New Art Initiative Aims to Improve Understanding and Discussion of Parkinson’s Off Periods
A new initiative by Acorda Therapeutics uses art to help people with Parkinson’s disease recognize and communicate about their off-period experiences.
The initiative, called Framing OFF Through Art, builds on Acorda’s Live Well. Do Tell program, launched earlier this year.
Framing OFF Through Art includes artwork inspired by the experiences of patients with Parkinson’s and their caregivers. The artists who created the pieces also have personal connections to the disease. Each artist partnered with two patients and their caregivers. The art aims to educate and encourage others with Parkinson’s and their care partners to identify off-period symptoms and discuss them with their healthcare professionals.
“Art is a powerful way to engage a community, and in Framing OFF Through Art, our goal is to create an emotional connection that results in better dialogues about Parkinson’s symptoms,” Ron Cohen, MD, Acorda’s president and CEO, said in a press release.
The artwork debuted on Oct. 23 at an event in New York, where the artists, patients, and their caregivers were guests. The first piece was created by Julie B., whose mom is living with the disease, and is available on the Live Well. Do Tell website. More art and personal stories will be revealed each month.
“I know that some of these symptoms are really difficult to put into words. A visual representation can really communicate what you are going through,” Julie B. said in a video interview. “One of the big takeaways from this initiative is the idea of an open and honest conversation.”
Off periods are a common complication in Parkinson’s patients, characterized by the return of motor and non-motor symptoms — such as anxiety and sadness — when levodopa’s effects wear off. The need to better understand off periods, as well as how to talk with others about them, had been originally highlighted in the Live Well. Do Tell statement of need.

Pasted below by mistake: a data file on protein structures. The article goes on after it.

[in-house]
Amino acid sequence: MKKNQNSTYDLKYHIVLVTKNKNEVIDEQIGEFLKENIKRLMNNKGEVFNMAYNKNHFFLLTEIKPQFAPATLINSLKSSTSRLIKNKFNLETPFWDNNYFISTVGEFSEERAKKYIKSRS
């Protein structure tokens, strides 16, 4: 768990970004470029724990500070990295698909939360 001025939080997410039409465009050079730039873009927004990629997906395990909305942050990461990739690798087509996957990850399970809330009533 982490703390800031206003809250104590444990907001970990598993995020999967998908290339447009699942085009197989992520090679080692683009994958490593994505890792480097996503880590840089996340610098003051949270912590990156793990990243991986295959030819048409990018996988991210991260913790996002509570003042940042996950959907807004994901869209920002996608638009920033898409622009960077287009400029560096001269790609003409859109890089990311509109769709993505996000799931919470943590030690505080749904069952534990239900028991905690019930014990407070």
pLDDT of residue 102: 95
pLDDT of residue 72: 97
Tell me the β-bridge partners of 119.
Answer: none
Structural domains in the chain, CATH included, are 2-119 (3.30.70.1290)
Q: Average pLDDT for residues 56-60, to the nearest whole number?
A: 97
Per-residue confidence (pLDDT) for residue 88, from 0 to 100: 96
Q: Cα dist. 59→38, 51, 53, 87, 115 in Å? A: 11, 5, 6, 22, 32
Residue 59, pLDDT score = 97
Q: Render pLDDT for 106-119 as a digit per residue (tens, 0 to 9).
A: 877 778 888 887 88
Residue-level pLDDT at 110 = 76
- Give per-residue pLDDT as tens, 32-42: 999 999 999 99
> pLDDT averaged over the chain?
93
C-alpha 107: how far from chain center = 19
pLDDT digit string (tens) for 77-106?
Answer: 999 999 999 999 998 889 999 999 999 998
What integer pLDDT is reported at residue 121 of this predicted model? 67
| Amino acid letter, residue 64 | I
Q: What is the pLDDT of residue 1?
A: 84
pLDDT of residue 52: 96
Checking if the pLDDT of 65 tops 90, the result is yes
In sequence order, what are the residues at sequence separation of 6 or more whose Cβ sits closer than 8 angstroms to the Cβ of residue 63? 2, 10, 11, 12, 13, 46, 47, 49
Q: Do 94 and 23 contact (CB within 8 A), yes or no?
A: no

This report was the first output of the campaign, and includes six actions for the Parkinson’s community: tailor resources at diagnosis; broaden the Parkinson’s community’s ability to identify off periods; educate about motor fluctuations and how they do not necessarily mean disease progression; identify opportunities for caregivers to discuss their experiences with healthcare professionals; enhance the patient-clinician dialogue; and improve clinical practice via insights from movement disorder specialists and a new tool to measure off periods.
The report was based on insights from the campaign’s steering committee meeting that included Parkinson’s community leaders. Others may join the conversation by signing up for initiative updates and news.
“Off periods can be frustrating and challenging, as symptoms are varied and often difficult for patients to communicate effectively to their care providers,” said Matthew Stern, MD, director emeritus of the Parkinson’s Disease and Movement Disorders Center at Penn Medicine.
“By helping people with Parkinson’s understand how to verbalize what they are experiencing, we, as their healthcare providers, can better understand their needs and help them achieve a better sense of well-being,” added Stern, who is the chair of the Live Well. Do Tell steering committee.